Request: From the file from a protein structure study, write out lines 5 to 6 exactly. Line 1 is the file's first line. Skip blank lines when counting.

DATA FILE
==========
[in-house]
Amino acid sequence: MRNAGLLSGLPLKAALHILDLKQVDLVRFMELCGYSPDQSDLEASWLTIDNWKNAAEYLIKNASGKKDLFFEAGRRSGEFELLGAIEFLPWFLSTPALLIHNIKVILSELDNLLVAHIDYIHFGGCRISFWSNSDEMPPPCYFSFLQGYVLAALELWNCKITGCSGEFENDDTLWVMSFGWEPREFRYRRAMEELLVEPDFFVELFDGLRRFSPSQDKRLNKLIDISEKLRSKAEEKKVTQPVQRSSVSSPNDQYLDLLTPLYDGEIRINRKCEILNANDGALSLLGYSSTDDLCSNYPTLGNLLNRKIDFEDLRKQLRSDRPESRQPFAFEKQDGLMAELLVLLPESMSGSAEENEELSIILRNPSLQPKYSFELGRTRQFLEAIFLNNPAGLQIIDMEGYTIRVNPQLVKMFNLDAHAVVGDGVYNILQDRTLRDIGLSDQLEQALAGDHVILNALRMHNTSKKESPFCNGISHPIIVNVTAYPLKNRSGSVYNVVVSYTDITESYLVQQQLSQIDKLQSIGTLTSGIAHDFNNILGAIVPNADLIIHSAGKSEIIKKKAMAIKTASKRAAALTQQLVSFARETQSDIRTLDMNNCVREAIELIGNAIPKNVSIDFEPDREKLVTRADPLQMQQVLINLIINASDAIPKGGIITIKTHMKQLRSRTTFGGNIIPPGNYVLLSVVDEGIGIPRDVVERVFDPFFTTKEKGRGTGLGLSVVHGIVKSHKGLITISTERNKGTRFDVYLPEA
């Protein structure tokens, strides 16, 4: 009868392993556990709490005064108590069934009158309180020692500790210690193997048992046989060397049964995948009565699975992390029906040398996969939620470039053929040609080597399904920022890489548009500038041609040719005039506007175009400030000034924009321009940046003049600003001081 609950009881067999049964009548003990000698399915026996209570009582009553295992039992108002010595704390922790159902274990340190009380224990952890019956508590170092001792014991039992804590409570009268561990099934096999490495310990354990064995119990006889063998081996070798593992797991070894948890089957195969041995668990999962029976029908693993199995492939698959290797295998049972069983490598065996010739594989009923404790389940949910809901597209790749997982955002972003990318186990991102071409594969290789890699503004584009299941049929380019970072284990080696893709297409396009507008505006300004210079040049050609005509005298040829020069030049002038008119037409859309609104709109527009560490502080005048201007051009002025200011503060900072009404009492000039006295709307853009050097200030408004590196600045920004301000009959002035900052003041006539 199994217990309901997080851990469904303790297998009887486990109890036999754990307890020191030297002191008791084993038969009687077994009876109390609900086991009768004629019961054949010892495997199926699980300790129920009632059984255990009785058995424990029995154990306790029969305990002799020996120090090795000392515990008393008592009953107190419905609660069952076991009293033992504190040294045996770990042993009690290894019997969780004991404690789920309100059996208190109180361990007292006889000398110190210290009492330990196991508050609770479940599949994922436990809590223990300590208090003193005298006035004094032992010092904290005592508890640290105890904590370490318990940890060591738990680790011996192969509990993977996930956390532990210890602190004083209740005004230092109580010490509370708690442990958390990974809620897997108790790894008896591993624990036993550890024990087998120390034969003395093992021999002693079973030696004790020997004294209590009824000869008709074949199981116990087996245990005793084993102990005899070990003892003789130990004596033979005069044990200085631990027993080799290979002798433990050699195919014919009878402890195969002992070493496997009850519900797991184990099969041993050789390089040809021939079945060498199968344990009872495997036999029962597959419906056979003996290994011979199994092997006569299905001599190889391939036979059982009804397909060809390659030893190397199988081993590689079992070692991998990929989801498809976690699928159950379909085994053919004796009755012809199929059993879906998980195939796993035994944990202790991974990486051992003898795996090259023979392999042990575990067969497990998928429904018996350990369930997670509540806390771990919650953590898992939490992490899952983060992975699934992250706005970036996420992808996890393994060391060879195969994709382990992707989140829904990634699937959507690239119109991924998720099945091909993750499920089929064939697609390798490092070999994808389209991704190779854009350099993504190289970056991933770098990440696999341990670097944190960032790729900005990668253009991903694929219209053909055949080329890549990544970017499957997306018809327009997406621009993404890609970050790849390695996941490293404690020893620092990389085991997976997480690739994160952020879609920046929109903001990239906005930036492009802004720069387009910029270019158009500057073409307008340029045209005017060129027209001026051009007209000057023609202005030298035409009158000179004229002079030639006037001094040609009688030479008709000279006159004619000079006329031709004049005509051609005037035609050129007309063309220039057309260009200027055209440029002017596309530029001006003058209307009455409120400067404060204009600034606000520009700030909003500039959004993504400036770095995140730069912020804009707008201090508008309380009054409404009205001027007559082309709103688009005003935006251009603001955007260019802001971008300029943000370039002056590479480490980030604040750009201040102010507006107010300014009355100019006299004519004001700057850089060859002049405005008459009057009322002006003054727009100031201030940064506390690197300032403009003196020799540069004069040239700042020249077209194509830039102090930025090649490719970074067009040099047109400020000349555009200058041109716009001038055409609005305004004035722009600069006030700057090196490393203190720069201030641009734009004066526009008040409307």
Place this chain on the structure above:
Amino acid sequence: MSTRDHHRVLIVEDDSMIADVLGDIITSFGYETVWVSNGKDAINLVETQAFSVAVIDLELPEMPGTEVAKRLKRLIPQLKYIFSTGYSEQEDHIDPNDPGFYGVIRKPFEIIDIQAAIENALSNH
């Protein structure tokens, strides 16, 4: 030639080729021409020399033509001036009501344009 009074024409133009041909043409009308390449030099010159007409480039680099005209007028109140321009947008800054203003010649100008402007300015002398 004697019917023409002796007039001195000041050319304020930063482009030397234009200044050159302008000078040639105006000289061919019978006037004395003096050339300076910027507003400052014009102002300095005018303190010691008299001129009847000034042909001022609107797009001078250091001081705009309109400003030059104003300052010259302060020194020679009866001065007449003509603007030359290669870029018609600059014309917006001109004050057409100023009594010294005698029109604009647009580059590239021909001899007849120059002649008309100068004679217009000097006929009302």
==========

Amino acid sequence: MSTRDHHRVLIVEDDSMIADVLGDIITSFGYETVWVSNGKDAINLVETQAFSVAVIDLELPEMPGTEVAKRLKRLIPQLKYIFSTGYSEQEDHIDPNDPGFYGVIRKPFEIIDIQAAIENALSNH
């Protein structure tokens, strides 16, 4: 030639080729021409020399033509001036009501344009 009074024409133009041909043409009308390449030099010159007409480039680099005209007028109140321009947008800054203003010649100008402007300015002398 004697019917023409002796007039001195000041050319304020930063482009030397234009200044050159302008000078040639105006000289061919019978006037004395003096050339300076910027507003400052014009102002300095005018303190010691008299001129009847000034042909001022609107797009001078250091001081705009309109400003030059104003300052010259302060020194020679009866001065007449003509603007030359290669870029018609600059014309917006001109004050057409100023009594010294005698029109604009647009580059590239021909001899007849120059002649008309100068004679217009000097006929009302």